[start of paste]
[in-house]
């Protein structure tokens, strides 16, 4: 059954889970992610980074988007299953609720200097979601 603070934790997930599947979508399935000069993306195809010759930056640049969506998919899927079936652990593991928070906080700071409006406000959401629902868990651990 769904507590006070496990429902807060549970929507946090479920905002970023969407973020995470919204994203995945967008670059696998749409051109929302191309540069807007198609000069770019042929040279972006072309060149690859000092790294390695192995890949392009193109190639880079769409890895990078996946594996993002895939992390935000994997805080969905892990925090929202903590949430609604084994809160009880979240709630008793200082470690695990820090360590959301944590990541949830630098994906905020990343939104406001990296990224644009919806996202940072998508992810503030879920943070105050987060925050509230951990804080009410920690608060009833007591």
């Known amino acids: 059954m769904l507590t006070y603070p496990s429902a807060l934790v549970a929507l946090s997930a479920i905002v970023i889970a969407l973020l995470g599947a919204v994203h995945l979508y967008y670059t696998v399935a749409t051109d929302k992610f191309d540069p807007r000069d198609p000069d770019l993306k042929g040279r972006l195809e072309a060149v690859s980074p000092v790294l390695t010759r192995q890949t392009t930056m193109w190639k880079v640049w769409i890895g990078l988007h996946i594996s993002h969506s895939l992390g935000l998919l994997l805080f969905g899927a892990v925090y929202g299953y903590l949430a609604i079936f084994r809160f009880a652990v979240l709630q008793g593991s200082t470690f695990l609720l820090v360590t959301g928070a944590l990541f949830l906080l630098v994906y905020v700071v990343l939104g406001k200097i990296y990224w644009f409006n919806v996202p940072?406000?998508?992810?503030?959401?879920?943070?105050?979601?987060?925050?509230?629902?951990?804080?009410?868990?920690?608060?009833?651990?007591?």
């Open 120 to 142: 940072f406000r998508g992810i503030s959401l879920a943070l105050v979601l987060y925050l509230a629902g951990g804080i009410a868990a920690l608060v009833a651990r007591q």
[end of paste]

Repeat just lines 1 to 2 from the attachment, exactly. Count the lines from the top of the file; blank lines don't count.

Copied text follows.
[in-house]
């Protein structure tokens, strides 16, 4: 059954889970992610980074988007299953609720200097979601 603070934790997930599947979508399935000069993306195809010759930056640049969506998919899927079936652990593991928070906080700071409006406000959401629902868990651990 769904507590006070496990429902807060549970929507946090479920905002970023969407973020995470919204994203995945967008670059696998749409051109929302191309540069807007198609000069770019042929040279972006072309060149690859000092790294390695192995890949392009193109190639880079769409890895990078996946594996993002895939992390935000994997805080969905892990925090929202903590949430609604084994809160009880979240709630008793200082470690695990820090360590959301944590990541949830630098994906905020990343939104406001990296990224644009919806996202940072998508992810503030879920943070105050987060925050509230951990804080009410920690608060009833007591």